Vaccination &/or Homeopathy

Risk of vaccination side effects is high with negative symptoms being noticed within hours, days, weeks or months after the inoculation, often being dismissed as not being related to the vaccine, even when worsening with each subsequent booster.

By Tanya Nolte

The subject of vaccination is a contentious one indeed. It is not my intention to influence individual animal carers about whether they should or shouldn't vaccinate but admittedly I have weighted this article against frequent or prolonged use of vaccination. My chief objective is to encourage the carers of horses to build up their equine companions' health to an optimum level that will act as their best natural prevention against illness. It is necessary for the individuals to make their own decisions by keeping an open mind and weighing up the pros and cons from both the conventional (allopathic) and homeopathic points of view. At the same time consider the individual requirements for a horse that may be at greater risk by coming into contact with other horses in situations such as shows/events, studs or boarding facilities. Awareness of the legal ramifications of the state in which the horse mainly resides regarding vaccination protocols is also your responsibility.


A growing number of veterinarians are speaking up about their findings on the hidden dangers of vaccines. In veterinary practices around the world it is being observed that chronic disease is occurring in animals at an earlier age, with more frequency, and with greater difficulty to treat with orthodox methods. Although mixed breeding practices, commercial diets, and other environmental factors play their part, many believe that multiple vaccinations are to blame for genetically and otherwise weakening our animals.

Vaccination is not 100% effective in preventing horses from acquiring specific diseases. It must be remembered that if a vaccine claims 80% efficacy of protection that this means that 20 out of 100 horses may still end up with the disease they have been inoculated against. Risk of side effects is high with negative symptoms being noticed within hours, days, weeks or months after the inoculation and is often dismissed as not being related to the vaccine. Adverse reactions may even take months to years to become apparent as they worsen by degree with each subsequent booster. According to research, the vaccines that are the worst offenders of adverse reactions are Potomac horse fever, rhinopneumonitis, influenza, and encephalomyelitis.


Vaccines cause side effects or reactions because a modified attenuated organism, a chemically killed virus or bacteria have been directly administered into the bloodstream that is an unnatural route of infection into the body. Furthermore, a carrier substance in the vaccine, known as an adjuvant, has been added to assist the action of the antigen to enhance or modify the antibody response to the antigen. Adjuvants can be substances such as mercury or formaldehyde! Vaccination focuses on antibody production that acts as a substitute for the entire natural immune response.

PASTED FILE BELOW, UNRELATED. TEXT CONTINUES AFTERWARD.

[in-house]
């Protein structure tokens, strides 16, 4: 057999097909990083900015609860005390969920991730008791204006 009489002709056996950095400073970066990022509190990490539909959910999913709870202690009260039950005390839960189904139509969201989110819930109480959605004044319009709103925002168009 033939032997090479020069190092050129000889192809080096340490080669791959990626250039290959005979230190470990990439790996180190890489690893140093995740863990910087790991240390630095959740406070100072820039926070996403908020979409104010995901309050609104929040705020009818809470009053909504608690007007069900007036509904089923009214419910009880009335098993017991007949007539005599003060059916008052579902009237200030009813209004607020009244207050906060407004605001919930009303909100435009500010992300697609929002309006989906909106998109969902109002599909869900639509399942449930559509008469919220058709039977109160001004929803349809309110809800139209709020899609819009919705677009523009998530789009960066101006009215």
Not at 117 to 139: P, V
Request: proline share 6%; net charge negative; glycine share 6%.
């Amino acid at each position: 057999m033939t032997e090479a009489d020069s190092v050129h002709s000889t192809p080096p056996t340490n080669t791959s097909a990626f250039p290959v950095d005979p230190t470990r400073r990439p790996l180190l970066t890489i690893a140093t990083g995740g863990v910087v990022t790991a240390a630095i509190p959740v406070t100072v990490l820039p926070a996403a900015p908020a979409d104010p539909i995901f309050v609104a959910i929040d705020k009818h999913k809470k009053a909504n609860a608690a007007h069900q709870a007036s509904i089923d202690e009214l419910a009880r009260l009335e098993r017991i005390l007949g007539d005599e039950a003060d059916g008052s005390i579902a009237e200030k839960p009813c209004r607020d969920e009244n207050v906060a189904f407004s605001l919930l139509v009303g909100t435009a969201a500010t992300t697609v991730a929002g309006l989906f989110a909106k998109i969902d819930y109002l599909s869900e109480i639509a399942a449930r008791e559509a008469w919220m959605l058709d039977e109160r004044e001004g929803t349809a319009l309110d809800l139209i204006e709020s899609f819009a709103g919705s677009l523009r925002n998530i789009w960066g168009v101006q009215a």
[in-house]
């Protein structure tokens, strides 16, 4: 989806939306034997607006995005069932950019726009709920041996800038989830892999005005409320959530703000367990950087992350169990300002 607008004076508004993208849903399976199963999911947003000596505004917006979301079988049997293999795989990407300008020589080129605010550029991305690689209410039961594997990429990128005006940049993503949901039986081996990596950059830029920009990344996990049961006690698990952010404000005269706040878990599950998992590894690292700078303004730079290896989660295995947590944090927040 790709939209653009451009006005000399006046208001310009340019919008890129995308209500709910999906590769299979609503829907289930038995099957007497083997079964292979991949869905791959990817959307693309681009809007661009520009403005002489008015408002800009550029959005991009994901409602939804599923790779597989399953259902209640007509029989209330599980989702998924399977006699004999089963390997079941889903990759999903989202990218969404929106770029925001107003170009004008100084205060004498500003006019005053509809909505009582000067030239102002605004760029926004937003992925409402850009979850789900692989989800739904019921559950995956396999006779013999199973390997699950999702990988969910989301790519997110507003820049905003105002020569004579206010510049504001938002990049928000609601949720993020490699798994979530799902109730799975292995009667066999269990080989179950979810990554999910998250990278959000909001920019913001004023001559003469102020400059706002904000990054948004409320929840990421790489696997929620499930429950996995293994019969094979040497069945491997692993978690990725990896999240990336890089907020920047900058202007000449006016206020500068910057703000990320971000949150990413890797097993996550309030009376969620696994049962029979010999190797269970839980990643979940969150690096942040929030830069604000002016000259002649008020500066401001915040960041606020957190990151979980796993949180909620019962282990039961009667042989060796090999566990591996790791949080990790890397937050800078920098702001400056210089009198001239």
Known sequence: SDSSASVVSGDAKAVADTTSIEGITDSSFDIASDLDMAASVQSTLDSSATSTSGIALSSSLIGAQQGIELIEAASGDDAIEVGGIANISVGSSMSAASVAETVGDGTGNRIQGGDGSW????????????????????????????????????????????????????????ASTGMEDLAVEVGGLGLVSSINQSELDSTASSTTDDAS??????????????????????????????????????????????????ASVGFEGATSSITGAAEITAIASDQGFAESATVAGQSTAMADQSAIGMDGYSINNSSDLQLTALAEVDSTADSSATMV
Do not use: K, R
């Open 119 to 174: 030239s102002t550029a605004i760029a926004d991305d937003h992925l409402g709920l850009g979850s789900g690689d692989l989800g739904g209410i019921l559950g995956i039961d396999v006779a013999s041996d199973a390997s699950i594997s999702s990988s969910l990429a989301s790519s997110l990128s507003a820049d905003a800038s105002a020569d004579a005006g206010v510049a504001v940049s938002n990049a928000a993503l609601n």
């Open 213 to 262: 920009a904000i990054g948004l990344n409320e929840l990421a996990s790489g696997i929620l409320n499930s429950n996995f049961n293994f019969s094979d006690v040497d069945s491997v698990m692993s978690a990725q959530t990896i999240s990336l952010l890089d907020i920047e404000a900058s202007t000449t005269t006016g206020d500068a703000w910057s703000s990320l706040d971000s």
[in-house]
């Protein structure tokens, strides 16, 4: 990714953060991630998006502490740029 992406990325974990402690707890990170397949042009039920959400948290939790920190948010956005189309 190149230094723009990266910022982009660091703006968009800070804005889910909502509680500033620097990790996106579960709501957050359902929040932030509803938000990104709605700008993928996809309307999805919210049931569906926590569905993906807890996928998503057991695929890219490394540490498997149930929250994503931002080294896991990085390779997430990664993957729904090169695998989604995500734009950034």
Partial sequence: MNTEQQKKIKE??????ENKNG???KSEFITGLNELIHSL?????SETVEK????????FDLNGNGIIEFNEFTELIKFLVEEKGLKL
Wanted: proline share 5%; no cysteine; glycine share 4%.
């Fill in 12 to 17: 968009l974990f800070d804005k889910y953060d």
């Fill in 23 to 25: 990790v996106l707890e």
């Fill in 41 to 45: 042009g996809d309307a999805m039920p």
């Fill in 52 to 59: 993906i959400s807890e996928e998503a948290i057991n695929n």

Bypassing the normal portal of entry where a primary response is usually seen as the body's first line of defence, the artificially placed infection (vaccine) tricks the body by avoiding the primary defence and introducing the invader straight into the last line of defence, the bloodstream. The body has been deprived of the usual incubation period which normally gives the body the time to mount its own immune defence and can no longer initiate a generalised inflammatory response, the natural defence mechanism that usually responds to infection! It eliminates the generation of a fever, an important aspect of immune response that endeavours to burn up the harmful organisms. The result is that the body becomes confused, which manifests into the various side effects that we see, or even goes into a state of shock or an anaphylactic response.

Live attenuated viruses are the most common antigenic materials of vaccines. Once they have been placed into the blood they will remain there for a long period of time, perhaps permanently. While they have increased the production of antibodies they have at the same time altered and suppressed the natural immune response as a whole and probably weakened the general health of the horse. The lowered function of the immune system may even cause it to fail to distinguish between those of its own healthy cells and those that are foreign. Consequently, this may provoke an auto-immune disease.